The dishonourable nature of this transaction does not seem to have occurred either to her mother or to Lisette herself. She was rather glad to keep her own name a little longer, but not at all pleased when, it being rumoured that she was engaged to M. Le Brun, everybody began to warn her on no account to marry him.“What! You have no means of proving to me that you have been unjustly placed on the list?”
Mme. de Genlis, however, found an opportunity of writing to the Duchess of Orléans in France; the Duke was by this time arrested.
Capital letter P
Owing to her brilliant success, to the affection and friendship which surrounded her wherever she went, to her absorbing interest in her art, the delightful places and society in which she spent her time, and also to her own sunny, light-hearted nature, her long life, in spite of certain serious domestic drawbacks and sorrows, was a very happy one. Her wonderful capacity for enjoyment, her appreciation of beauty in nature and art, the great interest she took in matters intellectual and political, her pleasure in the society of her numerous friends, and her ardent devotion to the religious and royalist principles of her youth, continued undiminished through the peaceful old age which terminated her brilliant career.“A quinze ans,” said the old soldier, firmly, “j’ai monté à l’assaut pour mon roi; à prés de quatre-vingts ans je monterai à l’échafaud pour mon Dieu.”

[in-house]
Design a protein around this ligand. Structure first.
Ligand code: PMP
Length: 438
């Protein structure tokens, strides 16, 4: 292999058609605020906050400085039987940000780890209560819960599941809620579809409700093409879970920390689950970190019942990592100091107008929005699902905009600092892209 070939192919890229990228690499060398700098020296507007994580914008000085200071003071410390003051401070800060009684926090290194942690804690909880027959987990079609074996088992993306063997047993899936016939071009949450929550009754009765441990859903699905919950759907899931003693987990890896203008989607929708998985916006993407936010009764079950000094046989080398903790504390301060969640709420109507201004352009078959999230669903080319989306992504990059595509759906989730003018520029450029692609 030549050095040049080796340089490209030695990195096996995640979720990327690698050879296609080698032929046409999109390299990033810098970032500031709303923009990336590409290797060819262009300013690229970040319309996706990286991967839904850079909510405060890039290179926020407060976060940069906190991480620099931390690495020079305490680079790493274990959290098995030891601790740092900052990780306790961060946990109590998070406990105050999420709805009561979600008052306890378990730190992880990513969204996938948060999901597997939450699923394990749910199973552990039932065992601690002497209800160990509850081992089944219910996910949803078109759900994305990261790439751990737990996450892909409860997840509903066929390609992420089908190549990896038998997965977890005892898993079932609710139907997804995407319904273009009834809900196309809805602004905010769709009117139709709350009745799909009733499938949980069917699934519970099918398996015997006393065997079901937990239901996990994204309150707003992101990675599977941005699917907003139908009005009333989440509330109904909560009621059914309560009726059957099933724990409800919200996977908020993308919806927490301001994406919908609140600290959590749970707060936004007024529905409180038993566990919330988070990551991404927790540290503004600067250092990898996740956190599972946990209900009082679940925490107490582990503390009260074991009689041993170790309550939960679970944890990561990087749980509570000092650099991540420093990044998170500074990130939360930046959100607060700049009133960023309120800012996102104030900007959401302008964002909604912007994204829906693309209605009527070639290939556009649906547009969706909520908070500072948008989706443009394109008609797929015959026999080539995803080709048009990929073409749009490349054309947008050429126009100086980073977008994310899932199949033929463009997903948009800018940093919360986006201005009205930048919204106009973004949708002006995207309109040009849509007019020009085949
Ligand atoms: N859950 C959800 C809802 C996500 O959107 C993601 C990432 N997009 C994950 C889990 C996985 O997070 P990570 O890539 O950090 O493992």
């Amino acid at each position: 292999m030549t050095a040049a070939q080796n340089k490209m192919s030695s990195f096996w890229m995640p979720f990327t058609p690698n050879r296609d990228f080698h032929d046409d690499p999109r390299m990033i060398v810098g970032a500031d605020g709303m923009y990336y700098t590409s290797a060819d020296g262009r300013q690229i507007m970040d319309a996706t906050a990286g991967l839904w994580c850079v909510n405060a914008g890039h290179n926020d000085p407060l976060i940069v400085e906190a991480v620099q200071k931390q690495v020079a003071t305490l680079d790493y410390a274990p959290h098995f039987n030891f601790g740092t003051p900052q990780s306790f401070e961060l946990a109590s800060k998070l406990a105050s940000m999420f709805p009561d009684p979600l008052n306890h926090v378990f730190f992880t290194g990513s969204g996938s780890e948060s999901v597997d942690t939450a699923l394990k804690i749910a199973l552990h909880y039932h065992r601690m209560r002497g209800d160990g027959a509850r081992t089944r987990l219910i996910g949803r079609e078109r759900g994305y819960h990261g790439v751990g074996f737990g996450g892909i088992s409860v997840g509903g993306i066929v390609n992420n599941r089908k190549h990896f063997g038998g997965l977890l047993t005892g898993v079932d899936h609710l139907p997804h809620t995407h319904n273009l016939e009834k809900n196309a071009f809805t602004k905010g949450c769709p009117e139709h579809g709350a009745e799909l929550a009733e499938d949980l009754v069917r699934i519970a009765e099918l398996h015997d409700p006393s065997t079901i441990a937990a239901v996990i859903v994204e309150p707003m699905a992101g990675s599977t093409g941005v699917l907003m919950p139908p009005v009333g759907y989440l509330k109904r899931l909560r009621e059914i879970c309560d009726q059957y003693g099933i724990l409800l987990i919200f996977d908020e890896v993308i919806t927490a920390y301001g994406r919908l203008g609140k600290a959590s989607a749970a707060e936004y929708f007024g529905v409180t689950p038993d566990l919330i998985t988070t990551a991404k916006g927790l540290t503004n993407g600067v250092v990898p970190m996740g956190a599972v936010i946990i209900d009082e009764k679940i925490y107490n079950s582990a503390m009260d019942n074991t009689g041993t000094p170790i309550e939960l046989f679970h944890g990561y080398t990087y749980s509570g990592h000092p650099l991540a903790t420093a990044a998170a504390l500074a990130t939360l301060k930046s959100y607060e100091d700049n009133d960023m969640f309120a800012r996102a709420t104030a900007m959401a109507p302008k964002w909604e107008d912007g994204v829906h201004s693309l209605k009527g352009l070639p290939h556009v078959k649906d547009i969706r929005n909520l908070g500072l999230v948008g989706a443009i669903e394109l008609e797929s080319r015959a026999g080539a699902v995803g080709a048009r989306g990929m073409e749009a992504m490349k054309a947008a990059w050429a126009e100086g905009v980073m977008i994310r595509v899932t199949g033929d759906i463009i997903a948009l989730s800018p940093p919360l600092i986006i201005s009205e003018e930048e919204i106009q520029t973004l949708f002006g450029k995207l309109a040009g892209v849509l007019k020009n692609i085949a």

Madame Vigée Le Brun
Shortly afterwards, passing his father in the great gallery at Versailles, the Duc de Richelieu said to him—Lisette complained bitterly to her husband, who only told her to let them talk, and treated the matter with indignant contempt.
With the King returned those that were left of the Orléans family. The best of the sons of égalité, the Comte de Beaujolais had died in exile, so also had the Duc de Montpensier. The Duchess Dowager, saintly and good as ever, Mademoiselle d’Orléans and the Duc de Chartres remained. Both the latter had made their submission and expressed their repentance to the King, who in accepting the excuses of the Duc de Chartres said—
“Or, écoutez, petits et grands,
From the care of the Dauphin and Dauphine, who had exercised the most affectionate supervision over them, their children passed to that of their grandfather, who, though he was fond of his daughters, cared very little about his grandchildren, never inquiring about their studies, conduct or habits. He only saw them at the hours required by etiquette, when he embraced them with ceremony; but he took care that they were treated with all the homage due to the “Children of France,” and gave orders that their wishes were always to be gratified.
When she received the ladies of the Court on her accession, Mme. de Clermont-Tonnerre, a thoughtless girl of sixteen, sat on the carpet all the time, hidden by the ladies of the household who stood before her, making grimaces behind her fan, whispering nonsense, pulling the dresses of her companions and making them all, even the Queen herself, unable to restrain their laughter; so that great offence was given and the blame of course laid on the Queen. The King was very angry, sent for Mme. de Clermont-Tonnerre and reprimanded her; whereupon she turned all her spite against the Queen, and all the Clermonts went into opposition.详情
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